Thanks in large part to the COVID-19 pandemic, there is now a greater variety of ways to earn continuing professional education (CPE) credit.  While the traditional method of attending a course or conference in person is slowly returning with the lessening of pandemic restrictions, earning credit through on-demand courses, live classes, text based learning, electronic media and other methods is on the increase.  This post will define the types of instructional delivery methods that many professionals are using to meet their CPE licensing requirements.

Live Instruction

Of all course types, the method of attending through live online instruction was used more during the pandemic in the place of attending in-person classes and conferences.   

Group Live Instruction

The group live instruction method is defined as synchronous (simultaneous) learning in a group environment with real-time interaction of an instructor or subject matter expert that provides the required elements of attendance monitoring and engagement.  Instead of a group of professionals attending a course at an off-site location in person, they access the live course as a group.  There are required live engagement activities and attendance is monitored and submitted for CPE credit.

Group Internet-Based Instruction

For many professionals, attending a CPE course on a platform such as Zoom fits easily into their daily schedules that likely include several Zoom calls or conferences.  Group internet-based instruction is defined as individual participation in synchronous learning with real-time interaction of an instructor or subject matter expert and built-in processes for attendance and interactivity.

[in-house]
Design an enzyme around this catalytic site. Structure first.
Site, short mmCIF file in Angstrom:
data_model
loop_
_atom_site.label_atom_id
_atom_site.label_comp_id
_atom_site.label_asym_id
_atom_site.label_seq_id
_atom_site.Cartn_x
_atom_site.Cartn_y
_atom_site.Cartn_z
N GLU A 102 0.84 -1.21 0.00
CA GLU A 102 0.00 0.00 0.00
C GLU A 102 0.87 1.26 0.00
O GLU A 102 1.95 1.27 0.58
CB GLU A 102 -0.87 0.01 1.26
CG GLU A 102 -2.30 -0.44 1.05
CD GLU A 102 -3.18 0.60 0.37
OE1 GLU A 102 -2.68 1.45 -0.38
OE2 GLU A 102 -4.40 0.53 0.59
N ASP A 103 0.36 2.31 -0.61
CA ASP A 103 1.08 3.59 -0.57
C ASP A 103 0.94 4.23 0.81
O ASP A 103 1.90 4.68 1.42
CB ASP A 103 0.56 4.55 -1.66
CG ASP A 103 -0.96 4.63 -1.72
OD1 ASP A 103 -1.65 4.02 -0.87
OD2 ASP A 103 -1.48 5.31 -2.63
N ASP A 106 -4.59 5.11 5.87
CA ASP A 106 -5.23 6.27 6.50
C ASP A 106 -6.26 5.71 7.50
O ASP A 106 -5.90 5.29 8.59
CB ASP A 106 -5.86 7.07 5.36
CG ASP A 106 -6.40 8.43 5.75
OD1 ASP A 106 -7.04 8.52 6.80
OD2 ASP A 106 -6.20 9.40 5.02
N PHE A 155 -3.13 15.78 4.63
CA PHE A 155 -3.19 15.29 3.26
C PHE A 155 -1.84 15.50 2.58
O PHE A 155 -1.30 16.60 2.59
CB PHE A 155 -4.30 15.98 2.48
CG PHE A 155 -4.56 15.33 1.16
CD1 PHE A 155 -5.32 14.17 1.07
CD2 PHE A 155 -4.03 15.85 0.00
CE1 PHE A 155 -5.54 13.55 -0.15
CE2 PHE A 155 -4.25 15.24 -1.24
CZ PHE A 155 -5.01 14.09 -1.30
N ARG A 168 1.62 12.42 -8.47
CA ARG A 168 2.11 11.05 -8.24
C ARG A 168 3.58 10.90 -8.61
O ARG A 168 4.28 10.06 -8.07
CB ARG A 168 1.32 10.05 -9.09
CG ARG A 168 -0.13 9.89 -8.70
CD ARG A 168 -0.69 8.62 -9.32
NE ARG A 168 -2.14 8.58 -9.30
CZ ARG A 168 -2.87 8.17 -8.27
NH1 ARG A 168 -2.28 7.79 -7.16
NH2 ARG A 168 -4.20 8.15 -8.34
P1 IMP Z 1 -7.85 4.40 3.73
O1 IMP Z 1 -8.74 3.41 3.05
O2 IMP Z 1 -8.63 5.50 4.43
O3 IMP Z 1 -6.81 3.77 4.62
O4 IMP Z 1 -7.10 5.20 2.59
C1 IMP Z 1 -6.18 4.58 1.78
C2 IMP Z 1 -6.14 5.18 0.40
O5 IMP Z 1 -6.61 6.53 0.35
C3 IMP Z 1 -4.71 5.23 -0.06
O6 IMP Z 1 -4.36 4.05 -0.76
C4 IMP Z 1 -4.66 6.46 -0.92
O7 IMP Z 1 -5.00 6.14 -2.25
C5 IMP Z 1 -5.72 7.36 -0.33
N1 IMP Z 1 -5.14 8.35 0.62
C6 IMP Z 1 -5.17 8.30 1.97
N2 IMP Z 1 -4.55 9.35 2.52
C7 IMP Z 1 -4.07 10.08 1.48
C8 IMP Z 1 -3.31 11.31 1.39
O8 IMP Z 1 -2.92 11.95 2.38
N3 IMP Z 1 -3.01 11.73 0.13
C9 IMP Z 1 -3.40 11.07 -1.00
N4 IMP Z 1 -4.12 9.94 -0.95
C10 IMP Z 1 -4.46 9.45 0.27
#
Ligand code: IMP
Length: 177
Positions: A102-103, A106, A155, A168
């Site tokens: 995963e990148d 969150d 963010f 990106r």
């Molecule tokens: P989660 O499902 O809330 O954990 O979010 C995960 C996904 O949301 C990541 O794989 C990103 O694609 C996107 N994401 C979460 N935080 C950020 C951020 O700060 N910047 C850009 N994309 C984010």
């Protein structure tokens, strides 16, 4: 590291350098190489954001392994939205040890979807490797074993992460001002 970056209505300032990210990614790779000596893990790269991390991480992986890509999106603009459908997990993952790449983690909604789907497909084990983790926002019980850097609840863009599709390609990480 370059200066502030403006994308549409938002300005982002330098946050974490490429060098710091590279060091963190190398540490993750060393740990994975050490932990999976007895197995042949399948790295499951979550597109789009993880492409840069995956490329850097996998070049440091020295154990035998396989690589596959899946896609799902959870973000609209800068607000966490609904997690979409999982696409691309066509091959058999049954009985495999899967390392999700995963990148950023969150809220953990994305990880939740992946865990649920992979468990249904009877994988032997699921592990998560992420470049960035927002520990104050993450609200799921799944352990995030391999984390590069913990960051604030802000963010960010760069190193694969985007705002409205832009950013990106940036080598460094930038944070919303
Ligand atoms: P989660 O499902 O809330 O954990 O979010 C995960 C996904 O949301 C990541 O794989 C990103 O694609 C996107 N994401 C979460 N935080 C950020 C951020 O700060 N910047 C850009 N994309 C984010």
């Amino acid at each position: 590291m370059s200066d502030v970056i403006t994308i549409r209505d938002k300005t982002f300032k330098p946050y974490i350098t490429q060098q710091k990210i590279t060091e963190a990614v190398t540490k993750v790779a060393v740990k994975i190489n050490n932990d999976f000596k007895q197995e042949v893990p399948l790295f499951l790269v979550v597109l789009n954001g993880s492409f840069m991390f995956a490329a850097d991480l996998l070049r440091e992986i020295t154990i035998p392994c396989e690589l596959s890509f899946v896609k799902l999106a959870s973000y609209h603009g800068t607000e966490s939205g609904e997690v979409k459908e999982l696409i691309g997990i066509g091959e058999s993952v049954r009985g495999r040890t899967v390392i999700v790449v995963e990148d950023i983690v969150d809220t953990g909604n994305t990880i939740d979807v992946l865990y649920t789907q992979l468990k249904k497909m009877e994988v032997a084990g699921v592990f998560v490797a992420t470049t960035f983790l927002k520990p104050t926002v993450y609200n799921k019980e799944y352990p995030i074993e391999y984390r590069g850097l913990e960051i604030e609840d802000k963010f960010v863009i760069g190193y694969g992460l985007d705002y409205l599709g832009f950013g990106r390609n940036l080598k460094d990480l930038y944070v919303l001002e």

Self-Study Coursework

Self-study courses are great for professionals who do not have the opportunity to attend classes during the workday as many in public accounting are able to do.  A self-study course is an educational program completed individually without the assistance or interaction of a real-time instructor.  To award credit for a self-study course, a qualified assessment must be completed at program end.  A scoring minimum of 70% must be achieved to receive credit for the course.  These courses can often be completed at the attendee’s own pace which is beneficial to those working a full-time job.

Nano Learning Programs

A nano-learning program is designed for a participant to tackle one learning objective in a minimum of 10 minutes and less than 20 minutes through the use of a type of electronic media and without interaction with a real-time instructor.  A nano-learning program is only completed by an individual participant and the topic is very narrow in focus which makes it different from a self-study program.  A nano-learning program cannot be used for a comprehensive topic, especially one with complex issues.  A qualified assessment must be completed with a scoring minimum achieved. 

Blended Learning Programs

A blended learning program offers a combination of activities, some of which have elements of a self-study course, such as control over pace and time, as well as elements of a group program which has all participants completing coursework simultaneously.  Multiple delivery methods can be used in a blended learning course.